Here is a post on FB on a discussion on the question:
Why are xMOOCs attracting tens or hundred thousands of students?
Thanks to Ana and Steve for their comments and conversation.
Here are my reflections on why some moocs attracted hundreds, tens of thousands of learners (xMOOCs), whilst others attracted a few hundreds or a few thousands of learners (cMOOCs).
In summary, the key reasons include: 1. branding and affiliation with elite institutions and professors, 2. well established courses with rich support on resources and assessment (grading/peer assessment), 3. granting of certificates of achievement or statements of attainment (in recognition), 4. degrees of difficulties – xMOOCs are much easier compared to cMOOCs, 5. perceptions of learners – xMOOCs are based on 1,2,3 above, and 4 – learners – cMOOCs would have to curate resources and create blog posts/join forums, 6. pedagogy, 7. assessment.
1. Branding and affiliation with elite institutions and professors.
Branding, is the new name of the game, under a MOOC arena.
Sounds too good for us.
Branding within institutions have been based on the Open Educational resources (OER) movement for more than a decade. The introduction of xMOOCs last year has shifted the attention from OER to MOOCs for many institutions.
The success of xMOOCs could also be attributed to the branding of many elite institutions – as ones who would provide MOOCs, that are believed to be able to transform education, and revolutionize Online and Higher Education.
Lead the change, with branding seems to be the way to go, with lots of higher education institutions, together with the MOOC providers.
Here in my previous post on assumptions and challenges: Assumption 2: MOOCs attract students as the MOOC providers carry the big “brand” together with the “super-professors”. I reckon this assumption is very true, especially when nearly everyone said that this is true. Most learners would prefer to learn with the prestigious institutions and famous and super-rock star professors.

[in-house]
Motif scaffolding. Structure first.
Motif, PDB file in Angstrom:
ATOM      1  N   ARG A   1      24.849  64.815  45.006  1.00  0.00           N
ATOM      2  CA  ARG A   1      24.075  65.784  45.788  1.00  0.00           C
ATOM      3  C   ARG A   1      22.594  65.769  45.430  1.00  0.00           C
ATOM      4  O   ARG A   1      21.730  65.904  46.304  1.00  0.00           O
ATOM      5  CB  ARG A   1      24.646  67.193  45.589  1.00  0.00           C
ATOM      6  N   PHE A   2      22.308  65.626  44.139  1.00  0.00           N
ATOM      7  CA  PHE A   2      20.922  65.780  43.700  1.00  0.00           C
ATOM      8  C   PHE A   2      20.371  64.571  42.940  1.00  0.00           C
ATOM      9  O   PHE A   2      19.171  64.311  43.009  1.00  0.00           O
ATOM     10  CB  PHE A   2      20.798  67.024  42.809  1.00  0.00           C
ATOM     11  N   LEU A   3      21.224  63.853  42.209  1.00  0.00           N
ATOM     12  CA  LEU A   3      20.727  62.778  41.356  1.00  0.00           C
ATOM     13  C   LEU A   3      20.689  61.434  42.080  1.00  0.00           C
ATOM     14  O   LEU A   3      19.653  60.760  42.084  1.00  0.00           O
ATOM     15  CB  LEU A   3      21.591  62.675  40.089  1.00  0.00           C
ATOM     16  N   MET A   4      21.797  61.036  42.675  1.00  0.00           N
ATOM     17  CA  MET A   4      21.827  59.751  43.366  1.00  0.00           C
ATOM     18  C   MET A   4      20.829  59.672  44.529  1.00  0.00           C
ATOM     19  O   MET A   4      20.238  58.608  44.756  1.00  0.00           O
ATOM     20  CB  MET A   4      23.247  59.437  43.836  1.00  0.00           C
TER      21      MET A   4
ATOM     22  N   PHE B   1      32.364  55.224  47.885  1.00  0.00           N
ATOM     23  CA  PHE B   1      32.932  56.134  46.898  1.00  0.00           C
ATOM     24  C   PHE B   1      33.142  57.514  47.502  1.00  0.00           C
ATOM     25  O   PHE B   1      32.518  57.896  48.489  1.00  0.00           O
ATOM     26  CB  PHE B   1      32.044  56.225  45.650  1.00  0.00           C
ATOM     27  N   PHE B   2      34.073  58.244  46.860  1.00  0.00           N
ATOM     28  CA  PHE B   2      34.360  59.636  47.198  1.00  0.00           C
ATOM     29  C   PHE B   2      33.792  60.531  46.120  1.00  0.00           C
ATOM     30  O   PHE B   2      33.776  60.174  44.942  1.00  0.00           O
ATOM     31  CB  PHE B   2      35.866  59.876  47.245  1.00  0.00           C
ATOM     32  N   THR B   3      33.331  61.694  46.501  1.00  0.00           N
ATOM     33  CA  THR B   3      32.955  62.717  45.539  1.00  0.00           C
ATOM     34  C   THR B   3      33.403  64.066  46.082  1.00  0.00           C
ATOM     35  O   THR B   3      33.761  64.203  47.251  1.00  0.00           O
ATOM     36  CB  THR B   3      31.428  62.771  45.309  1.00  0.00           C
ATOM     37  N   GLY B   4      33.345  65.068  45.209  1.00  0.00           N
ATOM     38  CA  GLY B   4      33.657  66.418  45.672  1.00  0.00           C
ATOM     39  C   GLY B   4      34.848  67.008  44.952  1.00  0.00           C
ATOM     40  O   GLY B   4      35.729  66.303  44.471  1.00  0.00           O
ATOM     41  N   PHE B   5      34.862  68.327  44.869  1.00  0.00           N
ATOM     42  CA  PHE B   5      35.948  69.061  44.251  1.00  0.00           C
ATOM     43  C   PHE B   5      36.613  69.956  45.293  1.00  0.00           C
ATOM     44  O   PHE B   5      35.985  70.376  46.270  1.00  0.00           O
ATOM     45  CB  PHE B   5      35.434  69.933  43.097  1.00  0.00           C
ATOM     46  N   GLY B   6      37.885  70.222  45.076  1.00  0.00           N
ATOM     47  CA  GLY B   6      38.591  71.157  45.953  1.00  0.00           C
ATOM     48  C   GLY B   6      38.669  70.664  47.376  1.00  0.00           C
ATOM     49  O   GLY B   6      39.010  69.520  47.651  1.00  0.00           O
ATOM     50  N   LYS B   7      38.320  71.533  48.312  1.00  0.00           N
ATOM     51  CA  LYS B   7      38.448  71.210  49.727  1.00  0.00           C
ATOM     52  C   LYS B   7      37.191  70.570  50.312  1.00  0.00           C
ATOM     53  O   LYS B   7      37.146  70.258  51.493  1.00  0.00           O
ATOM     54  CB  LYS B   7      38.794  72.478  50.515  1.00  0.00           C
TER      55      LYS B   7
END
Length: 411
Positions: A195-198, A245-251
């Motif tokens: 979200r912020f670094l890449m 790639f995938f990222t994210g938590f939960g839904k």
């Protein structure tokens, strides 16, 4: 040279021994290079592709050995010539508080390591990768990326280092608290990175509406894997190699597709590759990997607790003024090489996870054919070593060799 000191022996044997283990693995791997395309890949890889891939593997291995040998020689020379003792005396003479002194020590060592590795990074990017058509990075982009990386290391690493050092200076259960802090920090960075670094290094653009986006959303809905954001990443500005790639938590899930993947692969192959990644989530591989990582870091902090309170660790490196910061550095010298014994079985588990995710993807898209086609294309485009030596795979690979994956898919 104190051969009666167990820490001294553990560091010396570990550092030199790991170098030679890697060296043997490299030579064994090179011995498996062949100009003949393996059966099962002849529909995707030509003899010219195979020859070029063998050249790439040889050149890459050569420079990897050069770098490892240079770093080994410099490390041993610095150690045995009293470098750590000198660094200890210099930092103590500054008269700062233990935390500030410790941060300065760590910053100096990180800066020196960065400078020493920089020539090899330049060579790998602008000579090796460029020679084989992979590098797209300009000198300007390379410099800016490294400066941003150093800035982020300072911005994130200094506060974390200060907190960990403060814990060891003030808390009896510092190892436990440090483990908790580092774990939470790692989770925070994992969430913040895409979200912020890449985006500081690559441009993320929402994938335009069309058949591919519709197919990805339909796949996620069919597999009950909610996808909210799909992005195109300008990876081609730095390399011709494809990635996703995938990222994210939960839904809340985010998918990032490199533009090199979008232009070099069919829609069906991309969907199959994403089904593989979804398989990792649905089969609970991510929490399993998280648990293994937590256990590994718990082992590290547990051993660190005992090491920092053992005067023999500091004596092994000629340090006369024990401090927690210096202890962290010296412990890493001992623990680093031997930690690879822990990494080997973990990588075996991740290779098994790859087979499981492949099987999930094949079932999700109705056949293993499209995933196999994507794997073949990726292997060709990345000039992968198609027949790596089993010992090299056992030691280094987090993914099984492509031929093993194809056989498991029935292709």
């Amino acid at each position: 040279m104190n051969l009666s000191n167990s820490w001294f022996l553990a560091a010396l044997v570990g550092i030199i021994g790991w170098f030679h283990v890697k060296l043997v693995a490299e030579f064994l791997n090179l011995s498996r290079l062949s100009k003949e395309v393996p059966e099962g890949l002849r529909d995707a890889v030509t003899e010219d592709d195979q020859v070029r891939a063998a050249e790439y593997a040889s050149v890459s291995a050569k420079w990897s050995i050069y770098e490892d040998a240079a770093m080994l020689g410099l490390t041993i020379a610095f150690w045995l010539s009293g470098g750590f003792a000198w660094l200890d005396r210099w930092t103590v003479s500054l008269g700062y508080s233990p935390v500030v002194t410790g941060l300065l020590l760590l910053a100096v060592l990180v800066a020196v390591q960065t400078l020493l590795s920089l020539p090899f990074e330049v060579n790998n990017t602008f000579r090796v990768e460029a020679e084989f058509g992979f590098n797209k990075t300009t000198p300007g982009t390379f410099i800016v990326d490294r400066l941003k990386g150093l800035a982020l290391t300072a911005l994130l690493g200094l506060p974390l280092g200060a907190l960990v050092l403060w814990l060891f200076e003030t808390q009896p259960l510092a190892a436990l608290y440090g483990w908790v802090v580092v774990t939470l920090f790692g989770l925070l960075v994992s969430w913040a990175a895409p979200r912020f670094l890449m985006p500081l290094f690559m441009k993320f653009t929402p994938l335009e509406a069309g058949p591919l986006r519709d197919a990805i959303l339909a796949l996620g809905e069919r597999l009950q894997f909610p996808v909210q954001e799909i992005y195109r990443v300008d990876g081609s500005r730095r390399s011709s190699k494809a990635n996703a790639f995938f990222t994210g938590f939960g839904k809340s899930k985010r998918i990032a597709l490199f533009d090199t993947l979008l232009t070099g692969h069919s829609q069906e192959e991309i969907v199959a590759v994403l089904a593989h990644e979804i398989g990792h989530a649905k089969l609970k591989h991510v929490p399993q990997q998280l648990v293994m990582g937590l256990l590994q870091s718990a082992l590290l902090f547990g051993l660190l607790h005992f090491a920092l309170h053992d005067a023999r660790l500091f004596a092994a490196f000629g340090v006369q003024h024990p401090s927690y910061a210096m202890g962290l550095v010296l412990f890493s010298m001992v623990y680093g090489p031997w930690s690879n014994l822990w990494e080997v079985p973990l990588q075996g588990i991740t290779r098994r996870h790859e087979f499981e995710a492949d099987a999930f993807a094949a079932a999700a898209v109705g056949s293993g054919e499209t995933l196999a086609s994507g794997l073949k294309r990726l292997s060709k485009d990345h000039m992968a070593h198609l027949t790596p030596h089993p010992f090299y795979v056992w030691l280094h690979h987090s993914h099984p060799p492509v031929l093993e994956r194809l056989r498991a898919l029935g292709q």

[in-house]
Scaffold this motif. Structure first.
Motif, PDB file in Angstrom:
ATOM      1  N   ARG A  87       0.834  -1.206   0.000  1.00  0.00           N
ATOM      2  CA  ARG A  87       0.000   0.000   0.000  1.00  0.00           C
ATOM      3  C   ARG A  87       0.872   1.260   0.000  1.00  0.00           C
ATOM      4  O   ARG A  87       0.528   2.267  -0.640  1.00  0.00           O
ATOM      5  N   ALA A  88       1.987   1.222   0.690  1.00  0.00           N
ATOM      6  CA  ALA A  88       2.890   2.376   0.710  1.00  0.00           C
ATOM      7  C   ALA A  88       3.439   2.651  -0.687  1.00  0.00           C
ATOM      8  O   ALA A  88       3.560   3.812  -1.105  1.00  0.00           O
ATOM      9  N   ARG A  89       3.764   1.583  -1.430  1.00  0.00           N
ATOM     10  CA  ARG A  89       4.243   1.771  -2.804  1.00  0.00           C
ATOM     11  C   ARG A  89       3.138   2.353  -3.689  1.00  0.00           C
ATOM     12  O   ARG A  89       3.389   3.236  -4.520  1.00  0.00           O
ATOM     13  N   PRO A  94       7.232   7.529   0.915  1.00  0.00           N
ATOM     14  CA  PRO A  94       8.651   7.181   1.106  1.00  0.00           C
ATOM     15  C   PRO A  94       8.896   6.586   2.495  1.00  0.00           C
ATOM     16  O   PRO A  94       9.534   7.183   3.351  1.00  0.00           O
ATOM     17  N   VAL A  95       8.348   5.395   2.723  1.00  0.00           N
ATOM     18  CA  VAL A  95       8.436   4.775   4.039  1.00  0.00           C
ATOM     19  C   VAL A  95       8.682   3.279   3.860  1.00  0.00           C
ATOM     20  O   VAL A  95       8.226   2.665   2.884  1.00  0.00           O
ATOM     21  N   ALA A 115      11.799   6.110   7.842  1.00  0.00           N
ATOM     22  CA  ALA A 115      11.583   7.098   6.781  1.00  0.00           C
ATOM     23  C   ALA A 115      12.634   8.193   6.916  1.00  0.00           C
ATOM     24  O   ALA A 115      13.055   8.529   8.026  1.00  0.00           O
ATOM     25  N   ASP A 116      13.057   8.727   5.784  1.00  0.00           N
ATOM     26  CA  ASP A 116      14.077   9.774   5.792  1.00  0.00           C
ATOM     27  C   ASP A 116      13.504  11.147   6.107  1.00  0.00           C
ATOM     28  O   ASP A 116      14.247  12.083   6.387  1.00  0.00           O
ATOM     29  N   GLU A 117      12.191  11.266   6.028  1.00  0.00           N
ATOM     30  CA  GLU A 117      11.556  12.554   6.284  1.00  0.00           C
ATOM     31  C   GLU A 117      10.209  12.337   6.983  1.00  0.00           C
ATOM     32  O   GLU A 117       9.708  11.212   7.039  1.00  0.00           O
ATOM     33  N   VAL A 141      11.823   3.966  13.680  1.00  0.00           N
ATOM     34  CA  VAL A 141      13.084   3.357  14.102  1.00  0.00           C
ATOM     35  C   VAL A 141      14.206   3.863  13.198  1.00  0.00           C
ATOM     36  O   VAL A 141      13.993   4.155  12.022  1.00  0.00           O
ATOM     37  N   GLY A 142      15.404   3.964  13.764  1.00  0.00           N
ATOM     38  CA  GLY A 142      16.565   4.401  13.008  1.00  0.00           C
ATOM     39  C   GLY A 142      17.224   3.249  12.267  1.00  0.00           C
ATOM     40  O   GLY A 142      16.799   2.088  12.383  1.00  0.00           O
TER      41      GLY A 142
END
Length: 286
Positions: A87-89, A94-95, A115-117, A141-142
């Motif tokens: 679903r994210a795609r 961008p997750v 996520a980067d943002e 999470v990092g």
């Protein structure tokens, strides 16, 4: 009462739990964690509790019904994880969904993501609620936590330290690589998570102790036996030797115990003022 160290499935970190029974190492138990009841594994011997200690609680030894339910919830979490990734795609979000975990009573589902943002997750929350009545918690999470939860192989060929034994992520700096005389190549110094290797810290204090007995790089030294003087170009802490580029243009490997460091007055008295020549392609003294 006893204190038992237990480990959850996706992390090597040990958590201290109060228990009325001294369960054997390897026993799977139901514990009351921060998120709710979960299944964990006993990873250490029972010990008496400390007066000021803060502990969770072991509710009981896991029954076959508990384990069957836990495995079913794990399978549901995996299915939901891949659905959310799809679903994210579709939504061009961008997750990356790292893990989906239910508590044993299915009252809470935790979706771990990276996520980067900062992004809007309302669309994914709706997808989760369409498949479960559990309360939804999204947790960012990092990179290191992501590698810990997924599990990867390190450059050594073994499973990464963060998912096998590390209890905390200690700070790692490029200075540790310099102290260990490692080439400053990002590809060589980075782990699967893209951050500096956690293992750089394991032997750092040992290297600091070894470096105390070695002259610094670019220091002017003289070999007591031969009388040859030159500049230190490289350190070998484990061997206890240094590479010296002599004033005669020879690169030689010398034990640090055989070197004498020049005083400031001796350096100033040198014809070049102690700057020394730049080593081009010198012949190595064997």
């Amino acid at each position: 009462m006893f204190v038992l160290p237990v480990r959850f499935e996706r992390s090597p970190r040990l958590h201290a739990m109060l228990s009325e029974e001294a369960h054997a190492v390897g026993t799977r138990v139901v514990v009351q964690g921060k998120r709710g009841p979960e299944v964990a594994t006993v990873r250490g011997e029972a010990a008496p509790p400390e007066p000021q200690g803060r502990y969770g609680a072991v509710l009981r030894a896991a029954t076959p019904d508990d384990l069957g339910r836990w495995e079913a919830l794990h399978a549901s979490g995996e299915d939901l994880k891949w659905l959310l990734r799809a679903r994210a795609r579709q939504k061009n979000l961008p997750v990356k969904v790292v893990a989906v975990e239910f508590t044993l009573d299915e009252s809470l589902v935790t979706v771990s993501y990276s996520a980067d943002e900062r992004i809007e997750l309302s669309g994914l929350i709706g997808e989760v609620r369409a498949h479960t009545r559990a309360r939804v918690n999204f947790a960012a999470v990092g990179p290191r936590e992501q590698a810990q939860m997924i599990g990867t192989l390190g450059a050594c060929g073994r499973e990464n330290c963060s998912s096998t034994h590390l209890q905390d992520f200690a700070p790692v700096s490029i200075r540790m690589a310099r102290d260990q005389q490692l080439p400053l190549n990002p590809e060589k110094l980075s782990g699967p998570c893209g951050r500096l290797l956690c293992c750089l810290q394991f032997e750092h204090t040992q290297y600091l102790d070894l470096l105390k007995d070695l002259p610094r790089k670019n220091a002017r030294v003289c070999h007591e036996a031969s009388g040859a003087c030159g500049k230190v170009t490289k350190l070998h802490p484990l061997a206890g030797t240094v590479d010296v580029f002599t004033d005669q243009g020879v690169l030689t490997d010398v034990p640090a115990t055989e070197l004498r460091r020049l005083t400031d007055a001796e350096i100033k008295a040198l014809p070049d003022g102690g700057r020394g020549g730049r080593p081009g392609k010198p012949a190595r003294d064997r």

2. Well established courses with rich support on resources and assessment (grading/peer assessment). Both c and x MOOCs are structured courses, though cMOOCs have been based principally on a decentralised system with input and contribution from the participants whilst xMOOCs have been based principally on the curation of the organisers (course designers and instructors).
cMOOCs are grounded as shown, on emergent learning and self-organised learning:
xMOOCs are grounded on prescribed content, and group learning:
3. Granting of certificates of achievement or statements of attainment (in recognition of the learning and achievement). This is especially the case for x MOOCs which could attract learners to attend the course, especially as they are still free.
4. Degrees of difficulties – xMOOCs are much easier compared to cMOOCs. This is grounded on that in xMOOCs, the instructors would have done most, if not all of the ground work necessary for teaching and learning for the learners. What the learners are normally expected to do would be to consume the knowledge transmitted or broadcasted to them, and to confirm their understanding of the concepts through repeated quizzes or assignments. This requires certain perseverance from the learners, though it is possible to achieve a high or perfect score in test, assignments and examinations through drills, repeated practice, as is common in a rote learning scenario. The use of standard answers in the case of multiple choices, true/false, or short case scenarios, could all be checked with automated grading or assessment software. For peer assessment, these are done in a closed manner, with the merits of “protecting” the learners from being “criticised” in public, but the demerits of being critiqued by only a few participants (4-5 other peers) in the whole evaluation. Nevertheless, this seems to be well accepted as a way to assessment in the xMOOCs, as that might be the only feasible and reliable way to assess students in an institutional environment, without overly involving the professors in the assessment.